The Howard County Board of License Commissioners voted unanimously Wednesday evening to allow restaurants, bars and taverns in the county to continue to sell to-go alcoholic beverages.
The policy allows alcoholic beverages, including cocktails and mixed drinks, to be available for carryout or delivery from licensed establishments through at least June 30, 2023. There are several rules for how certain alcoholic beverages can be sold or delivered for off-premise consumption according to the liquor board’s rules, including that they must be purchased along with prepared food other than prepackaged snacks.
Other limitations include that beverages must be in the manufacturer’s original sealed container or in a “container closed with a cap, cork, seal, or lid with no holes for straws or sipping”; cannot be sold or delivered later than 11 p.m.; and can only be delivered within the county.
“I don’t think we’ve had any adverse impacts over the past year from allowing people to do it,” David Yungmann, the county liquor board chair, said last month.
The liquor board is comprised of the County Council members: Yungmann, Liz Walsh, Christiana Rigby, Deb Jung and Opel Jones.
Maryland Gov. Larry Hogan last year issued an emergency order to help struggling restaurants and bars by allowing them to provide carryout and delivery drinks amid the coronavirus pandemic. In May, Hogan signed a bill allowing the sales for at least two more years, but gave local liquor boards the final authority.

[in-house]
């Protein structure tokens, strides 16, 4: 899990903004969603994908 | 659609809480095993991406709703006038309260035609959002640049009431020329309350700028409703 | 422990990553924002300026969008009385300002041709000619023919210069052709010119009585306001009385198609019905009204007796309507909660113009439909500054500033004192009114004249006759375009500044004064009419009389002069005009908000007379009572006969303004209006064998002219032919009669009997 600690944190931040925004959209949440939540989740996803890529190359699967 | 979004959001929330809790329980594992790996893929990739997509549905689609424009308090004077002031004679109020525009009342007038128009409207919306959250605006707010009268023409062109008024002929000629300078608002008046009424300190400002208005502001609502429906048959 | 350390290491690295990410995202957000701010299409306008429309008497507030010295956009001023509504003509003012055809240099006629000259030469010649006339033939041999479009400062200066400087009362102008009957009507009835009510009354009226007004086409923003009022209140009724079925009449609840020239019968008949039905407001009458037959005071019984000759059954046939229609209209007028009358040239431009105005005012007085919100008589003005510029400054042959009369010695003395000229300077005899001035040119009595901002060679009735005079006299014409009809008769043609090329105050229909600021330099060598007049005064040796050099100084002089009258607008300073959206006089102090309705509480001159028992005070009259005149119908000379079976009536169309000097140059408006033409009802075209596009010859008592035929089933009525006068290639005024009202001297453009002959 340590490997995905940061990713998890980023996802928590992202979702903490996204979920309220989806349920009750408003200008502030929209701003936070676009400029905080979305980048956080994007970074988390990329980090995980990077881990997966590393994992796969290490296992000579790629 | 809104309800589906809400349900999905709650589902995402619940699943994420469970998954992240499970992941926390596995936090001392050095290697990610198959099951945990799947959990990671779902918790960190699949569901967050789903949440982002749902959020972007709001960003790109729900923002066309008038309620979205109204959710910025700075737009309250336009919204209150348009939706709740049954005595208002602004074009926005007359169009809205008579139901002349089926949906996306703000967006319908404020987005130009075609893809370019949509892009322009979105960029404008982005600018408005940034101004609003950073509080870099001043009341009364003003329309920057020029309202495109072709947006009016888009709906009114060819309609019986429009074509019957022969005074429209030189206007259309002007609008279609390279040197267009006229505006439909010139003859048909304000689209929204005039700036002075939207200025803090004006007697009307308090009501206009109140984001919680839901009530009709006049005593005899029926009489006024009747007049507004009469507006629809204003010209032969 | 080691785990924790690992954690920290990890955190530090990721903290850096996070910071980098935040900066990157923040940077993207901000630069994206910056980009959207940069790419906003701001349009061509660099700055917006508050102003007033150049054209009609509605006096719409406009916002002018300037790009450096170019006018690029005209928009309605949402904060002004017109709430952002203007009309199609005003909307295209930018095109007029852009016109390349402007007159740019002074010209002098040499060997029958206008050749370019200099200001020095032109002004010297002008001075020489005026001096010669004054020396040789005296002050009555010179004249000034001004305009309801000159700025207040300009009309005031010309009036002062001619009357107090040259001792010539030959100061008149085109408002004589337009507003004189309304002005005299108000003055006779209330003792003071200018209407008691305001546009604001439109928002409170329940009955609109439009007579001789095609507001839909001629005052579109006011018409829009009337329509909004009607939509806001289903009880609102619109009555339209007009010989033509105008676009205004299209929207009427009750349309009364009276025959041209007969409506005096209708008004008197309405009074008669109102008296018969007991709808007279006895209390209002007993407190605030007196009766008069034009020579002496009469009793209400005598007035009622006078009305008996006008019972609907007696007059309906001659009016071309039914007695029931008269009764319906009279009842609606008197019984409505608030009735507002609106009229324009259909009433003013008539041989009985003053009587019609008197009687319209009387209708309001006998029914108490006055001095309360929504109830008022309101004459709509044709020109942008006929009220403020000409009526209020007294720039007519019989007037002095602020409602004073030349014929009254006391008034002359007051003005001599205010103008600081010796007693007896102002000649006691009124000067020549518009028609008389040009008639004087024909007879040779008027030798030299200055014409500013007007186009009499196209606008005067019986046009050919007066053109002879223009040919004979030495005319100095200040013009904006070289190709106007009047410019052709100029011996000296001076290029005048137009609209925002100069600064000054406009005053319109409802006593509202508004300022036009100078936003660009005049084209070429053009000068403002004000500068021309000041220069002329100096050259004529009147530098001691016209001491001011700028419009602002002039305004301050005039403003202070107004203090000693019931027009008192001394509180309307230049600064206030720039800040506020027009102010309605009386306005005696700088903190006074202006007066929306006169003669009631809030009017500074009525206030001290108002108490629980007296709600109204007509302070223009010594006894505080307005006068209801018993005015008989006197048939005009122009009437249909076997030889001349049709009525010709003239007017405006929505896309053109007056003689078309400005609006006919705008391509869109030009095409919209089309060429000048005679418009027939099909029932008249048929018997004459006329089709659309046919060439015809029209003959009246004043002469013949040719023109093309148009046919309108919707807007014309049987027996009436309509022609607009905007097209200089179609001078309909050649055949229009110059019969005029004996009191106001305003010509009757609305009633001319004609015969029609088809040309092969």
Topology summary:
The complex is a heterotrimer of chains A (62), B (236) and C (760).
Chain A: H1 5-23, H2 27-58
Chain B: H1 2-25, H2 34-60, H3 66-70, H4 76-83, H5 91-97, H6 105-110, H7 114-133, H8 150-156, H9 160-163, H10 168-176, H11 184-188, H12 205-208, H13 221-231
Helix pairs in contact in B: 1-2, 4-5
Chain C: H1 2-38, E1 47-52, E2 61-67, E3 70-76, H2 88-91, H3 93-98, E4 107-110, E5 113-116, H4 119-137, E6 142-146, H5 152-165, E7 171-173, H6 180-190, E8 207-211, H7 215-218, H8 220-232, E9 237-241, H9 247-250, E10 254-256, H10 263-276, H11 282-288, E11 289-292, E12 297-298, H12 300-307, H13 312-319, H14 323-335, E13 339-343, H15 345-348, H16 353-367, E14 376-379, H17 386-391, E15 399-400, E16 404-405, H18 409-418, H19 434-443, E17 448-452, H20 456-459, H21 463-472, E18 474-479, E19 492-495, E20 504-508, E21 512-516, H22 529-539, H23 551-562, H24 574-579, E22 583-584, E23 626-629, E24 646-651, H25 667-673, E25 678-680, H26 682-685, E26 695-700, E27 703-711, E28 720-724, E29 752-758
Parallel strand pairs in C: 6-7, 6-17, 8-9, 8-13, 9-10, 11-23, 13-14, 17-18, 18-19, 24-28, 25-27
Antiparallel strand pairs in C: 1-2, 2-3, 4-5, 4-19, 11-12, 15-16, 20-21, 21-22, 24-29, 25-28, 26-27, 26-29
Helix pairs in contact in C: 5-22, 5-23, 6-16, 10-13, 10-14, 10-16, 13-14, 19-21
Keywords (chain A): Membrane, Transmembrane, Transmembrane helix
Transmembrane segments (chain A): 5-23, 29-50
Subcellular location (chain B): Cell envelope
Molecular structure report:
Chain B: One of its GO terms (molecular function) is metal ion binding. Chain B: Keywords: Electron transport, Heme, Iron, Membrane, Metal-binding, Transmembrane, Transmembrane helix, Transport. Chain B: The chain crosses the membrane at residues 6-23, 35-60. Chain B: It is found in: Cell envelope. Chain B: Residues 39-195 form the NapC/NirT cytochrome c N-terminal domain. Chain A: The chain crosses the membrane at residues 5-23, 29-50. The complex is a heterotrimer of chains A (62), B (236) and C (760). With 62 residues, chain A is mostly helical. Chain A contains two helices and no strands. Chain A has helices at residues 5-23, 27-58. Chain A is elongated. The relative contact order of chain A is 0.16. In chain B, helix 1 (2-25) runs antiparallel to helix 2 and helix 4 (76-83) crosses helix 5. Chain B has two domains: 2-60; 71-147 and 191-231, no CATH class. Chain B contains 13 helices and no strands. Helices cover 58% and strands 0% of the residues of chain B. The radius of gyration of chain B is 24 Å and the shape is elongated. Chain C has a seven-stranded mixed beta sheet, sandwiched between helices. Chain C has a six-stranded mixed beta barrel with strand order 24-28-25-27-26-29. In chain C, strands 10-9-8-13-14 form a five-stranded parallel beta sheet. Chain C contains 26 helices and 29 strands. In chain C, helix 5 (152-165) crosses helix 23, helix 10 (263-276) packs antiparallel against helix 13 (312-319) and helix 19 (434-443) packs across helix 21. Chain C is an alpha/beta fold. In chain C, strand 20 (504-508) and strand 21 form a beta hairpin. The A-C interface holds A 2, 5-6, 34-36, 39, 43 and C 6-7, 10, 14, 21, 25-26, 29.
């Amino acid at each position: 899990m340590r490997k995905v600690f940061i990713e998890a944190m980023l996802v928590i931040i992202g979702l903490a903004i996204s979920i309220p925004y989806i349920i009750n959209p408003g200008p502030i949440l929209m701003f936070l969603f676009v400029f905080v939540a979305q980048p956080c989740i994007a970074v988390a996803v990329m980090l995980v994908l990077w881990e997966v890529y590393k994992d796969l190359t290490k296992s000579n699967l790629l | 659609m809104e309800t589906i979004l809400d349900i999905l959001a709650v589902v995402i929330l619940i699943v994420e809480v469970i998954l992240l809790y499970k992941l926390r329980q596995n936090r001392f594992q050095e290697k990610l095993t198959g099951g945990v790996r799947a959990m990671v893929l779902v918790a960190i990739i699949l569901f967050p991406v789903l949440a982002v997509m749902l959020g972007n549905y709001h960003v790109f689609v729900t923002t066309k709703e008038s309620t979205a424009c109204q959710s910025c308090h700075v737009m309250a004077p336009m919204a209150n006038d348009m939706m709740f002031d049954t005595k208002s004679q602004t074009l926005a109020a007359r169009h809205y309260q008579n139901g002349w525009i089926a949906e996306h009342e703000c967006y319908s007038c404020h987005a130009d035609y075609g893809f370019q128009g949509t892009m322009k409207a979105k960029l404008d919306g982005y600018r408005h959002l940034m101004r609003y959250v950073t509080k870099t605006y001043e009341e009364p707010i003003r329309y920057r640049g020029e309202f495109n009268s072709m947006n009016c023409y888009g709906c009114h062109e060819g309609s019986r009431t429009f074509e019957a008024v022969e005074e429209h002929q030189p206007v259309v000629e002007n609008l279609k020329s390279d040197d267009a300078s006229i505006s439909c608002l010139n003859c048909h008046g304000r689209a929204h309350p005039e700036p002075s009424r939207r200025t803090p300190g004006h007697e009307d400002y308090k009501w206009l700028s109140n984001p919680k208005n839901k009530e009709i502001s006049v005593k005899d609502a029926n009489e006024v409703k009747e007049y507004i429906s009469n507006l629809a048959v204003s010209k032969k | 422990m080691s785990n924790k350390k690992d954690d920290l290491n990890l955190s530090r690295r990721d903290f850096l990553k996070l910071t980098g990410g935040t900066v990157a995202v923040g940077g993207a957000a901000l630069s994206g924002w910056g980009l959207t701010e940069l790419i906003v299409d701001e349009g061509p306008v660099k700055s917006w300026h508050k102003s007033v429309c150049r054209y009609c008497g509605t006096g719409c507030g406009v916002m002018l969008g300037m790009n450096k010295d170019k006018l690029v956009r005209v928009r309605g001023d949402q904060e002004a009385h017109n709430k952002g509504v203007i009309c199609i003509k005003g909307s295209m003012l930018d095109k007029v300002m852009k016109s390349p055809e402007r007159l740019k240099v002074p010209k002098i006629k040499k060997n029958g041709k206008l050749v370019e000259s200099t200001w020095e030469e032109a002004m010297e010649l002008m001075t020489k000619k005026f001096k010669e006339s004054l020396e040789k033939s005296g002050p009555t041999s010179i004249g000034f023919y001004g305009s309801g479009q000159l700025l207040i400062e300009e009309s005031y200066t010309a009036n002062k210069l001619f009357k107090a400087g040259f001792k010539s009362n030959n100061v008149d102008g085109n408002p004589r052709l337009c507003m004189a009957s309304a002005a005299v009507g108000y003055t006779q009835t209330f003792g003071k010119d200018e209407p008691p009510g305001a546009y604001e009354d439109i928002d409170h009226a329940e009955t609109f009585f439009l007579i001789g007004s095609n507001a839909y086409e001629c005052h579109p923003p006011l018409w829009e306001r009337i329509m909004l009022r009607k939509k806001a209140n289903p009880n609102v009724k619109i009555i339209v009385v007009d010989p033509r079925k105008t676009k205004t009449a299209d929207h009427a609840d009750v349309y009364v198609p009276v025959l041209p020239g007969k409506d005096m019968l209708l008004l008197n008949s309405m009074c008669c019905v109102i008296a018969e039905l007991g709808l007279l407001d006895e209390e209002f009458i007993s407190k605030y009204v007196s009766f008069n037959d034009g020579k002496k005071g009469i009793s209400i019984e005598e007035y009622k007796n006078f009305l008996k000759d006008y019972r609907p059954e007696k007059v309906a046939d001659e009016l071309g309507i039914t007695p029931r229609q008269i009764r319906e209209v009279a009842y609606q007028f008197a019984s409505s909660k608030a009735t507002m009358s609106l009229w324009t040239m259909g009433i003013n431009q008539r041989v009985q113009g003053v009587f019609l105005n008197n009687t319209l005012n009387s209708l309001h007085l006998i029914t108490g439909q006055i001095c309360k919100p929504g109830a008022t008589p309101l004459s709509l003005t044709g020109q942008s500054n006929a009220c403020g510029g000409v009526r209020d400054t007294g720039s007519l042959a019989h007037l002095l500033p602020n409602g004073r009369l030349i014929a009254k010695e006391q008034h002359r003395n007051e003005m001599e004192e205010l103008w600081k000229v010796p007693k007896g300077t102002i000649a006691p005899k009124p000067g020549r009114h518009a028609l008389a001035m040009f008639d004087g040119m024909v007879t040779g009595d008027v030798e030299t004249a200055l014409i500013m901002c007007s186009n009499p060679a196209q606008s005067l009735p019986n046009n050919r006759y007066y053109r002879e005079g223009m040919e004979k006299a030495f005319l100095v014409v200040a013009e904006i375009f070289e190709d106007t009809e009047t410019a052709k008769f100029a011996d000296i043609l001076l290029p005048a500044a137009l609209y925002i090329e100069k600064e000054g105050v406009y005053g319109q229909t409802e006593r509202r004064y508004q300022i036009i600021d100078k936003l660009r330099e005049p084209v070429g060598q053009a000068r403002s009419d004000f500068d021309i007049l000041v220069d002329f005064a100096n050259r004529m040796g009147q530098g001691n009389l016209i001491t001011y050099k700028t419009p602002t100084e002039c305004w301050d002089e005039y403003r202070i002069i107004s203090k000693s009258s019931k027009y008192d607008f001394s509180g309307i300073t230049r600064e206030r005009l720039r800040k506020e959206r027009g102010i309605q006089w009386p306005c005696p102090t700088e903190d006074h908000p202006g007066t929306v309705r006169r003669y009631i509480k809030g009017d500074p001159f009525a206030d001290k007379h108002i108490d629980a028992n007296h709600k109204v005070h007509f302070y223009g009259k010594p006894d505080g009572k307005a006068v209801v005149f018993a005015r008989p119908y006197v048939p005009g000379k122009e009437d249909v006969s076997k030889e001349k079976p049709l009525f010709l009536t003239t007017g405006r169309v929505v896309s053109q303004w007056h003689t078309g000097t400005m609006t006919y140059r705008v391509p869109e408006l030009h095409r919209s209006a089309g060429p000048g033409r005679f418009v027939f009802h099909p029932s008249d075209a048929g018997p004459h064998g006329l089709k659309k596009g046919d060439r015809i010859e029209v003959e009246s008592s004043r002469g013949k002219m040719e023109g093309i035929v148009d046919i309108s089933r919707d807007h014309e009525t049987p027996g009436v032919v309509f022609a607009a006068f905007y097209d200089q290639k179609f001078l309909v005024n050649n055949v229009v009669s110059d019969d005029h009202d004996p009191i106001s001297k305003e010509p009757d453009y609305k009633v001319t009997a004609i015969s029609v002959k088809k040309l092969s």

When the COVID-19 state of emergency was officially lifted July 1, many jurisdictions in Maryland chose to pause to-go drinks, including in Baltimore City, as well as Baltimore, Carroll and Harford counties. At that time, however, Howard County said it would continue allowing carryout drinks through at least Aug. 15, which is the grace period at the end of the state executive order.
Now that policy will last until at least June 2023 in Howard.
The Baltimore County liquor board voted Monday to resume to-go liquor privileges for bars, restaurants and taverns for at least two years with the restriction of two drinks per meal.
The Carroll County Liquor Board on Wednesday said restaurants and bars can once again provide carryout and delivery of alcoholic beverages, but that there would be another public hearing next month to give owners the opportunity to review the proposed policy and provide feedback.
Harford’s liquor board will meet July 28, and Baltimore City’s Board of Liquor License Commissioners plans to look at the rules for all licenses in the fall, including those on to-go drinks.
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Baltimore Sun Media reporters Cameron Goodnight and Madison Bateman contributed to this article.